February 5, 2015

Consumers and Communities Get Little from Standard & Poor's $1.375 Billion Settlement

On Tuesday, February 3, Standard & Poor’s Financial Services, LLC reached a $1.375 billion settlement agreement with the US Department of Justice and 19 states and the District of Columbia. This settlement resolves allegations that the credit rating agency defrauded investors by issuing inflated ratings on residential mortgage-backed securities (RMBS) and collateralized debt obligations (CDOs). As a result of the misrepresentations, investors experienced significant losses on RMBS and CDOs purchased between 2004 and 2007, which contributed to the subsequent financial crisis. While S&P has admitted to its wrongdoing, this settlement is a missed opportunity to provide much needed support to struggling families and communities.

Unlike recent settlements with three large banks about their RMBS-related activities, this settlement contains no explicit consumer relief components and only minimal funding to support neighborhood revitalization. While direct consumer relief would not be feasible as S&P never owned or controlled any of the RMBS’ underlying mortgages, funds could have been passed through to the states for that purpose. Similarly, states could have used their funds to expand or continue their neighborhood revitalization and foreclosure prevention activities begun under the 2012 National Mortgage Settlement (NMS), under which states collectively received $2.5 billion. It should be noted that eight of the 20 jurisdictions received more under this settlement than they did under the NMS (see tables below for state breakdowns).

Of the $1.375 billion, half (or $687.5 million) will be paid as a penalty to the federal government under the Financial Institutions Reform, Recovery and Enforcement Act while the remaining half will go to the 19 states and the District of Columbia with $4.5 million set aside for the National Association of Attorneys General’s Financial Services and Consumer Protection Enforcement, Education and Training Fund. With the exception of $2.1 million paid to North Carolina—10 percent of the state’s total receipt—payments to the states were not considered penalties or fines, which could reduce the cost of the settlement to S&P by allowing them to offset their tax liability. S&P has also agreed to comply with the consumer protection statutes of each of the settling states and DC.

The funds for the states and DC will be allocated according to an agreement made among the participants. State-level funding ranges from a minimum of $21.5 million (received by 14 of the 20 participating jurisdictions) up to $210 million allocated to California. California is a significant outlier, however, as Illinois received the second largest distribution of $52.5 million. Eight of the states, including California, have no restrictions on how the funds will be used, simply stating that the money must be paid to the state within 30 days of receipt of instructions from that state’s attorney general. In seven other states, the attorneys general have greater or lesser discretion on how to spend the funds.

Of the states that delineate how to spend the money, most will set aside at least part of their funds to cover litigation fees. Illinois intends to use all its funds to compensate state pension funds that lost money on RMBS, a reasonable use of the money from S&P, considering that the RMBS were at the heart of the case. Delaware, Iowa, and Pennsylvania have stipulated they may also use some of the funds for that purpose while Arizona, Colorado and Maine have general language in the settlement about using the funds for restitution. Eight states set aside money for consumer protection and financial education.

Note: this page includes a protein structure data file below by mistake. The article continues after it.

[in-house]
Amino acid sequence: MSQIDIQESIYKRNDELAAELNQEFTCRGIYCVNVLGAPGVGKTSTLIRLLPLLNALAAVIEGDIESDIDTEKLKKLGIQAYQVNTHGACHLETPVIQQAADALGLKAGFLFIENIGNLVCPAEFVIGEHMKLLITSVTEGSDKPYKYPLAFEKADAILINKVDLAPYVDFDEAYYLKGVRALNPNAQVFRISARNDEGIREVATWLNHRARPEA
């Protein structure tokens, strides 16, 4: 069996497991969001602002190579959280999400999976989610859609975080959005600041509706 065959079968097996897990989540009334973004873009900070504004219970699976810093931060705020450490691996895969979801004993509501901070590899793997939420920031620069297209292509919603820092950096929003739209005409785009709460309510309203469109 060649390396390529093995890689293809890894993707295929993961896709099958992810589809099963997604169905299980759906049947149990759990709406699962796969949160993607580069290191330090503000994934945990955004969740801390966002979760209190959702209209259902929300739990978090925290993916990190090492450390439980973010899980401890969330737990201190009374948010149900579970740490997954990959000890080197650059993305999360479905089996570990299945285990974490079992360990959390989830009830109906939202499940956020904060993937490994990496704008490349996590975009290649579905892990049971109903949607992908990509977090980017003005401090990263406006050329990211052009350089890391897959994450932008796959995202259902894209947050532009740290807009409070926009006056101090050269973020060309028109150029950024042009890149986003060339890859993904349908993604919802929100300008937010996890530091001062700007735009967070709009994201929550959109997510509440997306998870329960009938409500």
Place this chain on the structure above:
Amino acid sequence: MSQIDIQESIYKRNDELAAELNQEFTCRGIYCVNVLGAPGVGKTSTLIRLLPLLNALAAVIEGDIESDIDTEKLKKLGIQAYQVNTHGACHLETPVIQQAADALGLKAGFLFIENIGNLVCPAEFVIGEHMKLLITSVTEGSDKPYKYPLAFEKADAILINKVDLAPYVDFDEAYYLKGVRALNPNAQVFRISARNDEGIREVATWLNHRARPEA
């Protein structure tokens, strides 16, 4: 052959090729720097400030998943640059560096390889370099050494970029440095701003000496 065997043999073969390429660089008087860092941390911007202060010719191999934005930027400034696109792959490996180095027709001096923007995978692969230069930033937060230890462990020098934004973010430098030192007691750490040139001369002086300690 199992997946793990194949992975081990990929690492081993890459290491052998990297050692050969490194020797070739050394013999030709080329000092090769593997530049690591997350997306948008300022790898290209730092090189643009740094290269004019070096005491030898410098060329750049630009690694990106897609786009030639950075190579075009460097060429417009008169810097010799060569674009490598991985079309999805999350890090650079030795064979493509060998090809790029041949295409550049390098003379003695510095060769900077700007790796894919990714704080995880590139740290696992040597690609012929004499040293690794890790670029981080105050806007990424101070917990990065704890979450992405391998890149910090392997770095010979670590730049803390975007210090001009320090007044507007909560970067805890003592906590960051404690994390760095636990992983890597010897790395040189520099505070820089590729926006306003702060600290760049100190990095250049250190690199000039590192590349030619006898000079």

Only Delaware, Maine and Washington include possible funds for neighborhood stabilization. Delaware can use its money to fund “efforts to address the mortgage and foreclosure crisis, financial fraud and deception, and housing-related issues.” Washington, which is the only state to explicitly allocate its funds (90 percent of which will go to the state’s general fund), sets aside $3 million “to remediate the effects of the mortgage and financial crisis.” Maine’s language is the same as Washington’s but is part of a longer list of eligible uses, all of which come at the attorney general’s discretion.

While this latest settlement holds S&P accountable for its role in the recent financial crash, it provides only minimal funding to support neighborhood revitalization and contains no explicit consumer relief components. Although we are now seeing a broader economic recovery, there continue to be households and communities that have been left behind. This settlement is a missed opportunity to provide still-needed assistance to those people and places. To the extent that there may be future lawsuits and settlements with other ratings agencies, we urge state and federal negotiators to allocate proceeds to address the effects of the mortgage and financial crisis that stemmed from the faulty ratings. 

Table 1. S&P Settlement Funds and Activities by State


Table 2. S&P Allocation vs. NMS Allocation and Use by State

s&p allocation

 Read Enterprise’s analyses of previous mortgage settlements:

  • Bank of America’s $7 Billion Consumer Relief Obligation, August 2014
  • Understanding Citi’s Consumer Relief Obligations, July 2014
  • What the JPMorgan Chase Settlement Means for Consumers: An Analysis of the $4 Billion in Consumer Relief Obligations, February 2014
  • States Fall Short on Help for Housing: Six Months after Mortgage Settlement, Less than Half of States’ $2.5 Billion Has Gone for Housing, October 2012

The Enterprise Public Policy team works to safeguard, expand and improve programs that end housing insecurity. Learn more about our public policy efforts.

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